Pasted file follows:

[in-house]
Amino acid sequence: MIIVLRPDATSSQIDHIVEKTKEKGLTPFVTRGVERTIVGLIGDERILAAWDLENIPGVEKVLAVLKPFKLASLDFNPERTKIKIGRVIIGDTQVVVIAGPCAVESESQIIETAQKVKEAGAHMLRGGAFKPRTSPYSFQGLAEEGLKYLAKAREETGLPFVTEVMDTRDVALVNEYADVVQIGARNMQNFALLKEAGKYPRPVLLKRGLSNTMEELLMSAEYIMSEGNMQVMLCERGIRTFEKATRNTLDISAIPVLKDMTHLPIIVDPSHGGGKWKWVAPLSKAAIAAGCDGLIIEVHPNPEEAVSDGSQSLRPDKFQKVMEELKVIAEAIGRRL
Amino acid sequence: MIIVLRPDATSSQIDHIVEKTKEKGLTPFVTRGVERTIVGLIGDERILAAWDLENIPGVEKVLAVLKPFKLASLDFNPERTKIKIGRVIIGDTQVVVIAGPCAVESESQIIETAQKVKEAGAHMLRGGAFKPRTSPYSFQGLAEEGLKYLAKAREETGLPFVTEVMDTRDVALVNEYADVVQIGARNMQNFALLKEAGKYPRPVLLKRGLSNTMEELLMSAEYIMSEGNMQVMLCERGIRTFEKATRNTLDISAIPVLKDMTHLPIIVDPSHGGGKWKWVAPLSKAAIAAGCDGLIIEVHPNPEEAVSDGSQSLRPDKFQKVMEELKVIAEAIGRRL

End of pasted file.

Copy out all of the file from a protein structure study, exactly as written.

[in-house]
Amino acid sequence: MIIVLRPDATSSQIDHIVEKTKEKGLTPFVTRGVERTIVGLIGDERILAAWDLENIPGVEKVLAVLKPFKLASLDFNPERTKIKIGRVIIGDTQVVVIAGPCAVESESQIIETAQKVKEAGAHMLRGGAFKPRTSPYSFQGLAEEGLKYLAKAREETGLPFVTEVMDTRDVALVNEYADVVQIGARNMQNFALLKEAGKYPRPVLLKRGLSNTMEELLMSAEYIMSEGNMQVMLCERGIRTFEKATRNTLDISAIPVLKDMTHLPIIVDPSHGGGKWKWVAPLSKAAIAAGCDGLIIEVHPNPEEAVSDGSQSLRPDKFQKVMEELKVIAEAIGRRL
Amino acid sequence: MIIVLRPDATSSQIDHIVEKTKEKGLTPFVTRGVERTIVGLIGDERILAAWDLENIPGVEKVLAVLKPFKLASLDFNPERTKIKIGRVIIGDTQVVVIAGPCAVESESQIIETAQKVKEAGAHMLRGGAFKPRTSPYSFQGLAEEGLKYLAKAREETGLPFVTEVMDTRDVALVNEYADVVQIGARNMQNFALLKEAGKYPRPVLLKRGLSNTMEELLMSAEYIMSEGNMQVMLCERGIRTFEKATRNTLDISAIPVLKDMTHLPIIVDPSHGGGKWKWVAPLSKAAIAAGCDGLIIEVHPNPEEAVSDGSQSLRPDKFQKVMEELKVIAEAIGRRL